Gross domestic product
Sneaky peek for euro bulls?
The media profess astonishment that the Athens government had a "secret" plan for a parallel currency if Greece were to leave the euro. Surely the real surprise would be if there had been no contingency plan. Or if it had been made public. Anyway, the revelation didn't hurt the euro.
The single European currency was not the leader over the last 24 hours though it did well during the London session on Monday. All three of the IFO measures of German business confidence surprised investors by coming in ahead of forecast and better than the previous month. However, while the figures were positive for the euro, it had already strengthened by a cent in the hour prior to their publication.
A suspicious person might wonder if the IFO data had somehow been leaked, especially as the euro's upward move peaked immediately the official announcement was made. Even so, the euro managed to take a net half-cent off sterling and it added three quarters of a US cent. For a change, the Swiss franc was the laggard, losing half a cent to the pound. Well, everybody loves the euro now…
Since the NZ dollar rebounded from long-term lows two weeks ago it has prospered, strengthening by about 2.5% against sterling and the US dollar. It was yesterday's top performer, adding three quarters of a US cent and going up by two cents against the pound.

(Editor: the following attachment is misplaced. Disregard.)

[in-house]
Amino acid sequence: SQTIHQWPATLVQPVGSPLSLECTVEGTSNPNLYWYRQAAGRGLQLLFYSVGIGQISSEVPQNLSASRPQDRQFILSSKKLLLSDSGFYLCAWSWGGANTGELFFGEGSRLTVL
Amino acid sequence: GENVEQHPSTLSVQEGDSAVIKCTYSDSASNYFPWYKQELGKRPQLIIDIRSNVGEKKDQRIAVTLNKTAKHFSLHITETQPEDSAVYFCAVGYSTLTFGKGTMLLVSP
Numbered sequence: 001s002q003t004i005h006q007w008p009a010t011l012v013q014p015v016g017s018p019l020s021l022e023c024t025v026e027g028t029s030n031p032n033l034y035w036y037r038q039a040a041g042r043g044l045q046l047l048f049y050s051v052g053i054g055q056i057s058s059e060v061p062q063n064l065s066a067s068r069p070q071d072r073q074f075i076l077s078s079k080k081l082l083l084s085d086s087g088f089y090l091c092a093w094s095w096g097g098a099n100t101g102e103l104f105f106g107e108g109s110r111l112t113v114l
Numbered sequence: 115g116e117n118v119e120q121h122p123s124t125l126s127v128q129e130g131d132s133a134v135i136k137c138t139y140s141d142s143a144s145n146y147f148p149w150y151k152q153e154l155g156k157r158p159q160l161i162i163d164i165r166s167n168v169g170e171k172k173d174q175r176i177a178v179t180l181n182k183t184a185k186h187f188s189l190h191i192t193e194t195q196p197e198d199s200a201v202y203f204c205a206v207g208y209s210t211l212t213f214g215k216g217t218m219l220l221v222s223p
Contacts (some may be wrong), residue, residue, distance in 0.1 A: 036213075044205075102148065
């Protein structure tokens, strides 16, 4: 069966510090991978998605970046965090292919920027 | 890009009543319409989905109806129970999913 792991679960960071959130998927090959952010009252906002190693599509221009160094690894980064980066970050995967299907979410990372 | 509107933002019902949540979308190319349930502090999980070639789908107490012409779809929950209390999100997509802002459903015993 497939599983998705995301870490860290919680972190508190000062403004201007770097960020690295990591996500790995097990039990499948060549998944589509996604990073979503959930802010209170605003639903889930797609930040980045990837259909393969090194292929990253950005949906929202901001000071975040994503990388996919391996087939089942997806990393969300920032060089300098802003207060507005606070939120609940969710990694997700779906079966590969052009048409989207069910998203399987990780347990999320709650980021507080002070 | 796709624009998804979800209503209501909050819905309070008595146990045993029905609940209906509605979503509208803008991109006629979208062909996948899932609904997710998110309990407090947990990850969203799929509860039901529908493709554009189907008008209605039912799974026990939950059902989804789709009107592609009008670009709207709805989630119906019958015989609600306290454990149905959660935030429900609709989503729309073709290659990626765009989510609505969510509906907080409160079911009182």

The entirety of the Kiwi's gains came overnight. There are any number of guesses out there as to what sparked the rally. No ecostats were released and no central bankers were sharing their thoughts. It looks, then, as though some short sellers of the NZ dollar were bottling out, prompting others to do the same.
There was no reaction yesterday afternoon to stronger-than-expected US durable goods orders. The lack of movement suggests investors are holding back from the US dollar until they have seen the Federal Reserve policy statement which comes out on Wednesday evening.
UK second quarter growth
Today's sprinkling of data starts with Swedish retail sales and finishes up with US consumer confidence. Of greatest interest to sterling will be the gross domestic product figures at half past nine.
In the 18 months to the end of March the UK economy expanded by an average of 0.7% per quarter. The 0.4% growth reported for Q1 2015 was a disappointment and analysts expect a revival to 0.7% quarterly growth in Q2. There are also figures this morning for Italian business and consumer confidence and South African unemployment. After lunch Canada reports on raw material and industrial product prices. In the States S&P releases its metropolitan house price index, the Conference Board finalises its barometer of consumer confidence and a couple more provisional purchasing managers' indices come out.
In the last week and a half, fairly or unfairly, investors have lost their enthusiasm for the pound. It needs a good GDP number today.